The Cost of Being Ethical

By Dougherty, Michael John | Global Virtue Ethics Review, July 2000 | Go to article overview

The Cost of Being Ethical

Dougherty, Michael John, Global Virtue Ethics Review


Governments are faced with the daunting prospect of being held to a higher ethical standard than private sector entities. Typically, this has been used to explain the existence of large and seemingly inefficient bureaucracies in the public sector. However, such entities can also exist in business enterprises. Thus, the added costs on government because of the presence of regulations to promote (and ensure) ethical conduct needs to be quantified. This article begins that discussion by examining the estimated costs on a variety of transactions. These estimates are based upon the experiences of local governments and state agencies in West Virginia. The findings show the marginal cost to ensure ethics requirements are met can range from almost nothing to thousands of dollars, depending upon the activity. And since these costs can be additive and apply to each transaction, it can become an expense, though necessary, obligation on governments.


Americans traditionally hold governmental operations to higher ethical standards than activities in the private sector (Herring, 1936; Mosher et al., 1974). Rumors of peccadilloes brought disgrace and dishonor to politicians from colonial times to the present era. Conversely, business leaders generally do not have their position or advancement threatened by their lapses of character judgement as long as it does not have a negative impact on the return on investment for stockholders. In other words, maintaining ethical standards and appearances of propriety means more when working in the public sector than in the private sector in the United States. However, no one has calculated how much money this costs governments in their operation in terms of additional activities or reduced efficiency. This is particularly true with regard to financial matters. Activities such as procurement and purchasing are renown for their bureaucracies that agencies often justify by the need to "follow the rules and regulations" (Wilson, 1989). Commentators on government rarely explore what this really means to the average citizen - and how much this costs the average taxpayer.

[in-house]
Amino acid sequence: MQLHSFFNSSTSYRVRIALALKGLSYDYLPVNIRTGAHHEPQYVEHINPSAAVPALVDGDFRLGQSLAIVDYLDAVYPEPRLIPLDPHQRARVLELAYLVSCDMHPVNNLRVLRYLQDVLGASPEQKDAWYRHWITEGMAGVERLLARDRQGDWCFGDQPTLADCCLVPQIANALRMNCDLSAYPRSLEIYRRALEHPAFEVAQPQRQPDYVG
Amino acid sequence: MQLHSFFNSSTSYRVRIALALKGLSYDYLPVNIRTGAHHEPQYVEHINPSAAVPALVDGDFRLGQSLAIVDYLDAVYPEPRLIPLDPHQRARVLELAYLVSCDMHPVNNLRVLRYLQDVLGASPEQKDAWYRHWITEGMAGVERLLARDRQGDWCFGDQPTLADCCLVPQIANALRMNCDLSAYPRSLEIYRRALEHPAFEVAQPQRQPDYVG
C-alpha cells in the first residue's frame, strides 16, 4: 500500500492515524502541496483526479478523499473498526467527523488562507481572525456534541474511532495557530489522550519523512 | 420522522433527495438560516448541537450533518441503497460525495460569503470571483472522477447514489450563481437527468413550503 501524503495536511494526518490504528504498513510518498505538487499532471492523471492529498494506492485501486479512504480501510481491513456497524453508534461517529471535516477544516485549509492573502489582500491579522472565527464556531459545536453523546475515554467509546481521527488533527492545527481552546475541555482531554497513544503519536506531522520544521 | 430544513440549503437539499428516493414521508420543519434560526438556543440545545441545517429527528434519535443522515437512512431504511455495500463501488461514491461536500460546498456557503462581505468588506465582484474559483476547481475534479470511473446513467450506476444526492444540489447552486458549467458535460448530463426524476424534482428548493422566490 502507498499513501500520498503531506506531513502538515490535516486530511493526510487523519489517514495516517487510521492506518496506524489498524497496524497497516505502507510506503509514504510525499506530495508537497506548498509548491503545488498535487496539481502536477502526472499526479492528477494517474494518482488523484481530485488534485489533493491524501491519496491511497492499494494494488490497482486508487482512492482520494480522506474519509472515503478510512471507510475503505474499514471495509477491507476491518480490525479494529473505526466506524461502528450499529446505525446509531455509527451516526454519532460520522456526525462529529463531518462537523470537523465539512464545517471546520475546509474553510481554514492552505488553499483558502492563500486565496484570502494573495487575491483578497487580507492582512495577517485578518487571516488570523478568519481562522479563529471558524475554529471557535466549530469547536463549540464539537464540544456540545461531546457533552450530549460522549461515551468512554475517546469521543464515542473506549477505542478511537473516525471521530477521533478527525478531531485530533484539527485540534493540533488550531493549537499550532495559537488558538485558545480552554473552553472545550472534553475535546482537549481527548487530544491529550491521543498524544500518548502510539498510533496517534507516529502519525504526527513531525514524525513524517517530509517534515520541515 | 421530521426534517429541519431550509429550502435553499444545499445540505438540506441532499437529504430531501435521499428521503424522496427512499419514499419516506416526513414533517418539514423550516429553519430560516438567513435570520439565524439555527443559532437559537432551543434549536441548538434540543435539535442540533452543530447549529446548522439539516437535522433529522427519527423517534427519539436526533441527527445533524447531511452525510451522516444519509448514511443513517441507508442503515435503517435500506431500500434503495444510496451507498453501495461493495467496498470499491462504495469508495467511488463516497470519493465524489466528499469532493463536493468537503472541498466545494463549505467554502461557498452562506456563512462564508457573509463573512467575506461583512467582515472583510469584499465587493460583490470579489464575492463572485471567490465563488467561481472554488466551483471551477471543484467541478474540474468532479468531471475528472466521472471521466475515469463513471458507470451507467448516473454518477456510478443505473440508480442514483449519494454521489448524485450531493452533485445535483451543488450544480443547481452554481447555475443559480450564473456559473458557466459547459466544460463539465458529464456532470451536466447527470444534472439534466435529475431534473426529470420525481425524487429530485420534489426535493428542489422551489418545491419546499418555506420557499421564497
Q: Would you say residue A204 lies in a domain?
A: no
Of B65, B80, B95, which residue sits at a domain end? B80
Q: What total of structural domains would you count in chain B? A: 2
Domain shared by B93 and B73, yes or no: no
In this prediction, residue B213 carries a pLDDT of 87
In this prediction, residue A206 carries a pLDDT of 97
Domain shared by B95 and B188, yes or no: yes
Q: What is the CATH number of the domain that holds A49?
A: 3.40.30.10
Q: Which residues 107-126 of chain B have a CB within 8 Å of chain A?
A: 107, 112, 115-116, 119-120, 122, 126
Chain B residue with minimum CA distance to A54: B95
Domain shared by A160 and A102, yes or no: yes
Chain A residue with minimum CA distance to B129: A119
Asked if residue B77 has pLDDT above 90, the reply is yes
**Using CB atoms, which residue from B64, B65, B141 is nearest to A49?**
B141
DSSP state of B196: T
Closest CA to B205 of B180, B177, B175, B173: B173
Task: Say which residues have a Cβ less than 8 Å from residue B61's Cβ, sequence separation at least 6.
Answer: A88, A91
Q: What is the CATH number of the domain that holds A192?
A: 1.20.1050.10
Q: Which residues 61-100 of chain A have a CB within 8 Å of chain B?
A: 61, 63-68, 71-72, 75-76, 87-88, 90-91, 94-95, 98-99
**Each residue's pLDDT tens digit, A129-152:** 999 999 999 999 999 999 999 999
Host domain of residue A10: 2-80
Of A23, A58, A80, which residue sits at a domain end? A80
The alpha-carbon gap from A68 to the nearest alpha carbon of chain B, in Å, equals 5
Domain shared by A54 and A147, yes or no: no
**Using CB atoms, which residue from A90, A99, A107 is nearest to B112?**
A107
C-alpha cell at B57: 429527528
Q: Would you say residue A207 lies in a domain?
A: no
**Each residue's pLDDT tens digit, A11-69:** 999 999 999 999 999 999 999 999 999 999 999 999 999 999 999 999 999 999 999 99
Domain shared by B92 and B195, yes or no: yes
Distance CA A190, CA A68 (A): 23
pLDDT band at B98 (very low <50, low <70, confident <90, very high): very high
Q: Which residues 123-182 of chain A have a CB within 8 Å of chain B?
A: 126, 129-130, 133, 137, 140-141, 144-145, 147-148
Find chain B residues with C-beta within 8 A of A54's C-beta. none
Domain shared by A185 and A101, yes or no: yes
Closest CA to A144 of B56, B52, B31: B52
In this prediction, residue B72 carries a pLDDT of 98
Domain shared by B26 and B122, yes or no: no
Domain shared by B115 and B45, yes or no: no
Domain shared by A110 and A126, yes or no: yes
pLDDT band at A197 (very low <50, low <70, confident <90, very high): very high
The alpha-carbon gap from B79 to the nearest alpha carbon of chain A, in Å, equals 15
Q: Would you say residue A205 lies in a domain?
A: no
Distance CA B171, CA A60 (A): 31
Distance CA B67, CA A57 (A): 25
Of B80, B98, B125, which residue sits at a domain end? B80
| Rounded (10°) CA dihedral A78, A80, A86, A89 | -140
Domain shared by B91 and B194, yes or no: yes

There are two reasons why this topic needs to be examined. First, governments serve as stewards for the dollars they collect. The public expects that they act responsibly when using public funds. In the case of procurement, this means getting valuable goods and services for the community. It also means getting value for every dollar spent on these goods and services. The items procured must meet the needs of the community while at the same time not be unreasonably priced. Second, governments often play the role of the great "equalizer." The public generally perceives that government should promote the standards of equality and fair play as well as work to create a "level playing field" for all. With regard to purchasing, this means setting up and enforcing rules, including those that define acceptable practices and those that ensure fair competition.

This article examines the cost of being ethical with regard to the procurement and purchasing function in the public sector. It discusses the concept of ethics, highlights the differences between the public sector and private sector with regard to ethical behavior, and ponders whether Byzantine bureaucracies have any connection to ethics as is so often rationalized within the public sector. It studies the "costs" of ethical operations in public sector procurement and contrasts these to private sector purchasing.

Ethical Behavior Defined

Development of Public Ethics

In Western civilization, the notion of ethics in the public arena dates back almost two-and-one-half millennia to the Occidental tradition. The ancient Athenians developed and refined the concept, though other civilization in the Far East and Middle East also addressed this subject even prior to the Greeks. Plato discussed the notion of justice in ideal terms in The Republic and in more practical terms in The Laws. …

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